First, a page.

Scary rise in emergency admissions for kids

bbc kids imageIf you were a doctor in an ED department 15 years ago it looks like you were having a pretty easy time of it.

Research by @PeterJGill, others and myself, has shown that there has been a big year on year rise in admissions for children.

From 1999 to 2010 emergency rose by from 63 per 1000 children to 81 per 1000, with the greatest rise in those under five. Published in Archives of Disease in Childhood and highlighted on the BBC news the study showed 739,000 children under 15 were admitted in 2010, up from 594,000 in 1999. In 2010, just over 2/3rds of admissions were among the under 5s.

Most of this rise is due to common infections.  Whilst admission rates for long term conditions fell over time, acute infections of the upper respiratory tract rose by 22%, lower respiratory tract by 40%, and UTIs by 43%.

The problem is also set to get worse. By 2020 we can expect to see 230,000 more admissions in under 5s than the current figures.

Indeed it could get much worse. Anyone who understands pre-test probability will realize that the pre-test of serious infection gets much lower if more people just simply turn up. Making it much harder to rule in disease. Leading to more children admitted, and in turn reinforcing admission seeking behavior of both the parents and doctors.

There are many reasons that this rise has occurred, changes in practice, poorly trained doctors, risk aversion; but not many will realize how poorly we have educated,  in terms of health seeking behavior, the population at large. Diseases like influenza are now ‘must see a doctor diseases,’ despite the fact they are largely self-limiting in nature.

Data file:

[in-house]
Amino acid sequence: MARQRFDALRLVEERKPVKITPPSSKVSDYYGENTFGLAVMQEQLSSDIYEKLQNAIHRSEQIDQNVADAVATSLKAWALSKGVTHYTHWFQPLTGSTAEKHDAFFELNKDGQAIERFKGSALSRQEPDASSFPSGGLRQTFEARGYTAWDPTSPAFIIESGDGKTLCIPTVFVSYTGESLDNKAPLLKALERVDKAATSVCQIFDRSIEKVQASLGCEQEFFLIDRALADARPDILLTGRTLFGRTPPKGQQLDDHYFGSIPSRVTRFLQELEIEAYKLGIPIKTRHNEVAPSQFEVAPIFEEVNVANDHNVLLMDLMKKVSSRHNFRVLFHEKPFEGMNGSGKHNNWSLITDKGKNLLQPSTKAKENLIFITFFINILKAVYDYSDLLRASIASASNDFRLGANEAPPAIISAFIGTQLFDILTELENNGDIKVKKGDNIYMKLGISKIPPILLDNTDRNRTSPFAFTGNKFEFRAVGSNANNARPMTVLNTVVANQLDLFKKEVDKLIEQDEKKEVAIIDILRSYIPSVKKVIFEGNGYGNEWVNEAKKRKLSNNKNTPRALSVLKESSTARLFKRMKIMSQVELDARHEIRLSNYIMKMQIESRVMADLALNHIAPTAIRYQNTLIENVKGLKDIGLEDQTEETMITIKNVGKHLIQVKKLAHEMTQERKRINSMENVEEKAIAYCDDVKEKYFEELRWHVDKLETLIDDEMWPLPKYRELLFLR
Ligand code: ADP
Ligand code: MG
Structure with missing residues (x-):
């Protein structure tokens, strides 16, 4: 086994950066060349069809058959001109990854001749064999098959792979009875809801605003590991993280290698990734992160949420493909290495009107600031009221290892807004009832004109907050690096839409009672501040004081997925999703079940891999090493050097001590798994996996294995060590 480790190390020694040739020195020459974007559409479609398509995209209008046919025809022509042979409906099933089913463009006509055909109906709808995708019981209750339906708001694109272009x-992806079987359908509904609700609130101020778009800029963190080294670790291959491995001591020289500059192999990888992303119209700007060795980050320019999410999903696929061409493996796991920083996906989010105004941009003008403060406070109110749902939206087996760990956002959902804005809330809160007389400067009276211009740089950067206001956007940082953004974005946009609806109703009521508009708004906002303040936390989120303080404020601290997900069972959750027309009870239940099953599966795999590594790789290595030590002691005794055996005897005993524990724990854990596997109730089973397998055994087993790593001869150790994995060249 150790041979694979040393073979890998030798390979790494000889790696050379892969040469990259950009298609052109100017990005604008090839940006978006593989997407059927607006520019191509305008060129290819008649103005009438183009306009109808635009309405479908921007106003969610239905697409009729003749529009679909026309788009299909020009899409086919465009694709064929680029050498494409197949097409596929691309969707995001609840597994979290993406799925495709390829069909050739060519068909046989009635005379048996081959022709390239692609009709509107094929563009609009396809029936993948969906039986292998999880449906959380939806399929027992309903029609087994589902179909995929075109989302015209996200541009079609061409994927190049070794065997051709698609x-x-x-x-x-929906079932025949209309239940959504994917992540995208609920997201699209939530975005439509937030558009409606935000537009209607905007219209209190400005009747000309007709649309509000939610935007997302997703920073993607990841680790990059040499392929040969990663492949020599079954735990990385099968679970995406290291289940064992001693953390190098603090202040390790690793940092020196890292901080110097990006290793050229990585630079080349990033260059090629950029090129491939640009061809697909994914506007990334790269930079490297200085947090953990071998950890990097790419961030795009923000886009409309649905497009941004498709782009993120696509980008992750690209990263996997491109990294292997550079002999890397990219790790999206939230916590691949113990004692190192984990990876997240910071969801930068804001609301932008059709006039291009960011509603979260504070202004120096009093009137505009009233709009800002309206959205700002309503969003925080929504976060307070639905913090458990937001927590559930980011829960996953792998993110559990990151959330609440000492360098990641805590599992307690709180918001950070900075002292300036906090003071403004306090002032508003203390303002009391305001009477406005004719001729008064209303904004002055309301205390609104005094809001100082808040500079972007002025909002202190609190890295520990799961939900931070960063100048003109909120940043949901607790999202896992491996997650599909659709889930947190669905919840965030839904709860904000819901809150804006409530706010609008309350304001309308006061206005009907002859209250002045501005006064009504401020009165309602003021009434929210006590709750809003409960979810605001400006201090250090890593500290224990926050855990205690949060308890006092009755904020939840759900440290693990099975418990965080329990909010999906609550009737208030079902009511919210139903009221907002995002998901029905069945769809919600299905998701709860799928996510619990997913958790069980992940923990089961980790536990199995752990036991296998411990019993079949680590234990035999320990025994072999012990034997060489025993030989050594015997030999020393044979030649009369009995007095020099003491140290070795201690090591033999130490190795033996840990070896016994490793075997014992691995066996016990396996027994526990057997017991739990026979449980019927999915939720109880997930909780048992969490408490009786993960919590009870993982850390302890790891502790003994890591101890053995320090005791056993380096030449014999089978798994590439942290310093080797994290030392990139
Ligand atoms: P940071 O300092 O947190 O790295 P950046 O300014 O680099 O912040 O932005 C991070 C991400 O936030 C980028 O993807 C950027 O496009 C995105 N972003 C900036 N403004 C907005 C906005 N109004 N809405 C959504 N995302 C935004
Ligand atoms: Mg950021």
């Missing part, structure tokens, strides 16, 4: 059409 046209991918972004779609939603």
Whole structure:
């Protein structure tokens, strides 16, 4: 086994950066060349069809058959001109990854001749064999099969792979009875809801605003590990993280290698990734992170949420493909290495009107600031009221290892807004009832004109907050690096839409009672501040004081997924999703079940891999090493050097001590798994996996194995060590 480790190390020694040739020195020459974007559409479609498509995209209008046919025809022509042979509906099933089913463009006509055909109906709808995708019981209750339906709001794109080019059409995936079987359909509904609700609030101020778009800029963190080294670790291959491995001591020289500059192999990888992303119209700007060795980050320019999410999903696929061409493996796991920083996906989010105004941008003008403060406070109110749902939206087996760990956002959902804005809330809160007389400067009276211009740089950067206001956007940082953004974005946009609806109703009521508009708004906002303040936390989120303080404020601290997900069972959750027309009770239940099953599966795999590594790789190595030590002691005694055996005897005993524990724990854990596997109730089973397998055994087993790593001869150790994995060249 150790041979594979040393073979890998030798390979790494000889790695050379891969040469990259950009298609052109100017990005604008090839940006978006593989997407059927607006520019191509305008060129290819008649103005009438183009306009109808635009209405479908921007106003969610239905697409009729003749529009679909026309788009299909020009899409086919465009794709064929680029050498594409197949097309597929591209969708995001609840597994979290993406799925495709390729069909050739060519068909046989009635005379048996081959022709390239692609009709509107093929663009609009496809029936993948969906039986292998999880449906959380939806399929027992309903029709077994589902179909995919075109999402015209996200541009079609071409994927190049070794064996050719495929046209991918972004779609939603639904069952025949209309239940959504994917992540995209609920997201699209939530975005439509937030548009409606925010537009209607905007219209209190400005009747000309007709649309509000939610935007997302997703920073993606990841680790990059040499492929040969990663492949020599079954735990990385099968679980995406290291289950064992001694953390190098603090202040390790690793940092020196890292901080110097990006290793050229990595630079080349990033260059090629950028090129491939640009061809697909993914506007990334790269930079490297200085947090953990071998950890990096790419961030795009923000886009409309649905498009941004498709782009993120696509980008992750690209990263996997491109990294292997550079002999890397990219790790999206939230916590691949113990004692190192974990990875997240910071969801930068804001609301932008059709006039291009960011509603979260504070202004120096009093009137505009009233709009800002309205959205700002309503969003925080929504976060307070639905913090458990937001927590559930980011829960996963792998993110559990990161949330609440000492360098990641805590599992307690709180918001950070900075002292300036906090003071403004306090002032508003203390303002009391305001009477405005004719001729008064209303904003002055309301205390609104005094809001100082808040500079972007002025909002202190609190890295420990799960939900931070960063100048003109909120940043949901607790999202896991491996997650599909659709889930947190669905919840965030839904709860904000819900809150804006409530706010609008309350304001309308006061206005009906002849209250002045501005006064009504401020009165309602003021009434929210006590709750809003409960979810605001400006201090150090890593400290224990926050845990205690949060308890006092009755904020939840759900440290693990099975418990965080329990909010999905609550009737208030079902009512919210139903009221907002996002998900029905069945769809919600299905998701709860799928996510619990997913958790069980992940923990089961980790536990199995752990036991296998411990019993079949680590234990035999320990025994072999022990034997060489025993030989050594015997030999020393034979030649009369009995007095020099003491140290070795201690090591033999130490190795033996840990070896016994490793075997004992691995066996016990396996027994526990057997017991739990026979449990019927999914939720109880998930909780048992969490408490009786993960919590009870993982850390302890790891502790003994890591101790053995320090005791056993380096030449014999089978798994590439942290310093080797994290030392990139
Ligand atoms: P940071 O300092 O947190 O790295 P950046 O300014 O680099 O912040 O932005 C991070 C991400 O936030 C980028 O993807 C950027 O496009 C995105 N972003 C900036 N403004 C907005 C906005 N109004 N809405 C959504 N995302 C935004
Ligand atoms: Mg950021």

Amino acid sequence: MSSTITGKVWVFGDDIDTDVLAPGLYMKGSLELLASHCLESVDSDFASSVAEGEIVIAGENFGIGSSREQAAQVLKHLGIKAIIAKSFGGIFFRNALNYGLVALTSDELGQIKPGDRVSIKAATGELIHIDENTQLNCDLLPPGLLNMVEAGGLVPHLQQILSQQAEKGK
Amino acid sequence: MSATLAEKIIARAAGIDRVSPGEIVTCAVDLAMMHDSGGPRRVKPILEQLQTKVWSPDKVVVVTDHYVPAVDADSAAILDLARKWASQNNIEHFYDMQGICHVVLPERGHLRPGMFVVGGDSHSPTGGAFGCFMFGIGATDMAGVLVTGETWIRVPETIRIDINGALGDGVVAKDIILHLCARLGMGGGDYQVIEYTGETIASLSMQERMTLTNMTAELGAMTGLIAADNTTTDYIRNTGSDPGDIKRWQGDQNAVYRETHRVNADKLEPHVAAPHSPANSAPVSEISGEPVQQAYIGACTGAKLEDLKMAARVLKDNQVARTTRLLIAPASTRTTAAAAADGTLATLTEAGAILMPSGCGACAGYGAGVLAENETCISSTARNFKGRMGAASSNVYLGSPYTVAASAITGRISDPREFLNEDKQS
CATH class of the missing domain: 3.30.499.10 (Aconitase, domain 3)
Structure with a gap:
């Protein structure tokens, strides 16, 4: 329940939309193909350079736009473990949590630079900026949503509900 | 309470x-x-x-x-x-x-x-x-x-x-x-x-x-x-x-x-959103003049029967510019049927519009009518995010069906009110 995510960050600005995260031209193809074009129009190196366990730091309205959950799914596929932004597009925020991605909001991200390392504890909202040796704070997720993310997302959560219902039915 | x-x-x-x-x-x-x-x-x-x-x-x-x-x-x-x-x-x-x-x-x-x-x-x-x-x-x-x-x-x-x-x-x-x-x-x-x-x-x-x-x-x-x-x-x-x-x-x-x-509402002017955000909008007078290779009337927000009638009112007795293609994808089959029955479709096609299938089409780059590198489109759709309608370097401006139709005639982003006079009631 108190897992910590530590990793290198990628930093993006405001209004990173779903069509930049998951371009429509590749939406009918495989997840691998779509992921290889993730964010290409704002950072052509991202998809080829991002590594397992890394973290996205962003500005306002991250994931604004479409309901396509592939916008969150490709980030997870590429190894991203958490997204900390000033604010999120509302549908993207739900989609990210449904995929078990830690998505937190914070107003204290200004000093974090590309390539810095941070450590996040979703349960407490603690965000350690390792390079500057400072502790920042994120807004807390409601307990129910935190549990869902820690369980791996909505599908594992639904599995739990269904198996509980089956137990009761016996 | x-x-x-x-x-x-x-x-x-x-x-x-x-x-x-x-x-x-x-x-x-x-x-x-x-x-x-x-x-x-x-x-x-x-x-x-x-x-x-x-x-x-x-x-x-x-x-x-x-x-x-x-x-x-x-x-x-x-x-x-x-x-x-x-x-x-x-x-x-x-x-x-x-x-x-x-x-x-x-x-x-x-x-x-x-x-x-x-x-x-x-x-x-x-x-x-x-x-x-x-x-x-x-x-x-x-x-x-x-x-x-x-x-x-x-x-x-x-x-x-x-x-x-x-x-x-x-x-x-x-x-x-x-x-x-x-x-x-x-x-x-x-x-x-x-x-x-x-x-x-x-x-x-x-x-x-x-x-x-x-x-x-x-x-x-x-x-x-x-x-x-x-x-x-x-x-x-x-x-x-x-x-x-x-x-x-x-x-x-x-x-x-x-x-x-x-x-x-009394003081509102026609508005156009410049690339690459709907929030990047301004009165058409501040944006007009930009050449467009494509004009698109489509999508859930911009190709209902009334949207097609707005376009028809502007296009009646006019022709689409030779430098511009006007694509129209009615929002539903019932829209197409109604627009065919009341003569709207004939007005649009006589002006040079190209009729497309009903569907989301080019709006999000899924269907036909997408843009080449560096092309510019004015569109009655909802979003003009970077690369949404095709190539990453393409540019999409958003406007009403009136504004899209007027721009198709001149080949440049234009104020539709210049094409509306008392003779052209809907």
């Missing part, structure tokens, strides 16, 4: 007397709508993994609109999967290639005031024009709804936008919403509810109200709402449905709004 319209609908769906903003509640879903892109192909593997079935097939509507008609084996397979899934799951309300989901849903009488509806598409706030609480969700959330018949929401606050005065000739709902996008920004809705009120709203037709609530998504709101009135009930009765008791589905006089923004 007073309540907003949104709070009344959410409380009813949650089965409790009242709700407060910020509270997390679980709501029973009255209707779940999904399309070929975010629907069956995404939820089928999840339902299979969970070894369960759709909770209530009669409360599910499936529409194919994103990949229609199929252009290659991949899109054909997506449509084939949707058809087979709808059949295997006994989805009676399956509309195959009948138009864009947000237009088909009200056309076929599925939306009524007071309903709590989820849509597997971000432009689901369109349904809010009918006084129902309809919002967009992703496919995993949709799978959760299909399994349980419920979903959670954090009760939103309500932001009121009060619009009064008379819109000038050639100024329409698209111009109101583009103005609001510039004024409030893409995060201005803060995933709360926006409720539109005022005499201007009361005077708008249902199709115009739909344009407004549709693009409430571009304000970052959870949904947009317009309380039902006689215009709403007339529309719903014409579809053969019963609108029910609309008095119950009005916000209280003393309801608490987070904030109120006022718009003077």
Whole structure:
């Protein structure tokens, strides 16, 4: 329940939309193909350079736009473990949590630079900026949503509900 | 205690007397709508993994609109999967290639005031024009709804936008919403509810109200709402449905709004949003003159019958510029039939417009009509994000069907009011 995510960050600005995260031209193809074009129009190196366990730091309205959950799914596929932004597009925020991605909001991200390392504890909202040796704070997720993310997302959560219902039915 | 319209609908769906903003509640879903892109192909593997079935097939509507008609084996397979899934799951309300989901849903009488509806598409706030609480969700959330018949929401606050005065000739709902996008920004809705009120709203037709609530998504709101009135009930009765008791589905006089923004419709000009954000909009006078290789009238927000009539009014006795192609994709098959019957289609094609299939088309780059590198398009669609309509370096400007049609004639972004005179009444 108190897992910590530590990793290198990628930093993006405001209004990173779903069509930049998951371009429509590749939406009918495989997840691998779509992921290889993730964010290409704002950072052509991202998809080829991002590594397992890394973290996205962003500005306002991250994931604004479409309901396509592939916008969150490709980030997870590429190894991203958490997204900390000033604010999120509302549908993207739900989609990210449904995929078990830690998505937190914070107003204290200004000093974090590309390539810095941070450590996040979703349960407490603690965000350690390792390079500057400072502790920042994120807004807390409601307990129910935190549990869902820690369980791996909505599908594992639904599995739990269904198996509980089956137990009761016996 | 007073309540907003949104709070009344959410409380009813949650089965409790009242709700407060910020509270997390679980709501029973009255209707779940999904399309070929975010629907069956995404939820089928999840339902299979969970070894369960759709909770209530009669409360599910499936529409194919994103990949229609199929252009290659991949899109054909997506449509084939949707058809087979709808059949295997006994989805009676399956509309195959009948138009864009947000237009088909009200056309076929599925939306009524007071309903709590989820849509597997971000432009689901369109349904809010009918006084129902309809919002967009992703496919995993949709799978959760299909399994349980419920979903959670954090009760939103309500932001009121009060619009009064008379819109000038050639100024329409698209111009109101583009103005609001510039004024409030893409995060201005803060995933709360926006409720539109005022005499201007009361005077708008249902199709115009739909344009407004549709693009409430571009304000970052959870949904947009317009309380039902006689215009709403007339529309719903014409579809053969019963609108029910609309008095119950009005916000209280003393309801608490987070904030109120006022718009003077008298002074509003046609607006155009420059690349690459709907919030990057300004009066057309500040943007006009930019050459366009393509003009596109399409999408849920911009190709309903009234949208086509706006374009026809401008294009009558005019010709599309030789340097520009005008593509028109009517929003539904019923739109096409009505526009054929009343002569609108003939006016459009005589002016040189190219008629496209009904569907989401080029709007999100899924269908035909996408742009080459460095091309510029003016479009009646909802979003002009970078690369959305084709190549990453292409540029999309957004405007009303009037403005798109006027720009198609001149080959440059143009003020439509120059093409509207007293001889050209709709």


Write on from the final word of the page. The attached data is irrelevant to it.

1 Comment

  • Andy Lee

    February 12, 2013 at 10:25 pm Reply

    Some of the increase in diagnoses of acute infections is down to changing patterns of investigation and interpretation. LRTIs are diagnosed on minor radiological change and UTIs are tested for more often. These children did not in the main have worse outcomes previously when not admitted with the same episodes of illness that were simply managed as unspecified febrile episodes or URTIs. The main factors to the overall increase are parental behaviour and the incentive under PBR for hospitals to admit. Hopefully CCGs now have an incentive to change that trend and the clinical leadership to make it happen. Unplanned care services need to be commissioned with the incentive to reverse this trend, since it is not clinically beneficial.

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